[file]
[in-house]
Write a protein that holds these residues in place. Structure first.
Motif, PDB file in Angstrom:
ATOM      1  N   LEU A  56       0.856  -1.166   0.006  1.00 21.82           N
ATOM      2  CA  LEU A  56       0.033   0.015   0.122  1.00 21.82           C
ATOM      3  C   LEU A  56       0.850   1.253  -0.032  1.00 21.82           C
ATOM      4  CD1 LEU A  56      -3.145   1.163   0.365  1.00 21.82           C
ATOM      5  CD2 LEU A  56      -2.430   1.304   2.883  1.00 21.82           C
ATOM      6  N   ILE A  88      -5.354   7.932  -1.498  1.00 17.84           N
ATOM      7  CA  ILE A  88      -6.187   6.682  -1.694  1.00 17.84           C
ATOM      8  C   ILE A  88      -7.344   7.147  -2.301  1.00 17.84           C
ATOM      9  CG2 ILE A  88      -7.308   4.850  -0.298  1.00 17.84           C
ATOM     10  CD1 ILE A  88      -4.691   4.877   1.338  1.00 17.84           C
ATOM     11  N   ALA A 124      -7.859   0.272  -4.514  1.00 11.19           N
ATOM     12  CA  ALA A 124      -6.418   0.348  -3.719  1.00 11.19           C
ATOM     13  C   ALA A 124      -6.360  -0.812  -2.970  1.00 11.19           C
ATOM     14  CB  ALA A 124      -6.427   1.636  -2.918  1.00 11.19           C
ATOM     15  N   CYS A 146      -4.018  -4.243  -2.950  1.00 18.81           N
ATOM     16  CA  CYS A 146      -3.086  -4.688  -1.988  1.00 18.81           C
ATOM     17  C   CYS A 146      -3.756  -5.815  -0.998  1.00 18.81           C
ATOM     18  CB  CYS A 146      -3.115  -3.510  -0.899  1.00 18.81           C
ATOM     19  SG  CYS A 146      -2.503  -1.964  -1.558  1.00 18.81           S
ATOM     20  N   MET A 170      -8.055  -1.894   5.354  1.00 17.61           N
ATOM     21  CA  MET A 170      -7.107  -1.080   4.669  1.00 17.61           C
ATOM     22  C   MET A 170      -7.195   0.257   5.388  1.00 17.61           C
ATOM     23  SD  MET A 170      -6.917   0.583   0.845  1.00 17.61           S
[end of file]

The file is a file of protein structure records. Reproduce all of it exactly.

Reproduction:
[in-house]
Write a protein that holds these residues in place. Structure first.
Motif, PDB file in Angstrom:
ATOM      1  N   LEU A  56       0.856  -1.166   0.006  1.00 21.82           N
ATOM      2  CA  LEU A  56       0.033   0.015   0.122  1.00 21.82           C
ATOM      3  C   LEU A  56       0.850   1.253  -0.032  1.00 21.82           C
ATOM      4  CD1 LEU A  56      -3.145   1.163   0.365  1.00 21.82           C
ATOM      5  CD2 LEU A  56      -2.430   1.304   2.883  1.00 21.82           C
ATOM      6  N   ILE A  88      -5.354   7.932  -1.498  1.00 17.84           N
ATOM      7  CA  ILE A  88      -6.187   6.682  -1.694  1.00 17.84           C
ATOM      8  C   ILE A  88      -7.344   7.147  -2.301  1.00 17.84           C
ATOM      9  CG2 ILE A  88      -7.308   4.850  -0.298  1.00 17.84           C
ATOM     10  CD1 ILE A  88      -4.691   4.877   1.338  1.00 17.84           C
ATOM     11  N   ALA A 124      -7.859   0.272  -4.514  1.00 11.19           N
ATOM     12  CA  ALA A 124      -6.418   0.348  -3.719  1.00 11.19           C
ATOM     13  C   ALA A 124      -6.360  -0.812  -2.970  1.00 11.19           C
ATOM     14  CB  ALA A 124      -6.427   1.636  -2.918  1.00 11.19           C
ATOM     15  N   CYS A 146      -4.018  -4.243  -2.950  1.00 18.81           N
ATOM     16  CA  CYS A 146      -3.086  -4.688  -1.988  1.00 18.81           C
ATOM     17  C   CYS A 146      -3.756  -5.815  -0.998  1.00 18.81           C
ATOM     18  CB  CYS A 146      -3.115  -3.510  -0.899  1.00 18.81           C
ATOM     19  SG  CYS A 146      -2.503  -1.964  -1.558  1.00 18.81           S
ATOM     20  N   MET A 170      -8.055  -1.894   5.354  1.00 17.61           N
ATOM     21  CA  MET A 170      -7.107  -1.080   4.669  1.00 17.61           C
ATOM     22  C   MET A 170      -7.195   0.257   5.388  1.00 17.61           C
ATOM     23  SD  MET A 170      -6.917   0.583   0.845  1.00 17.61           S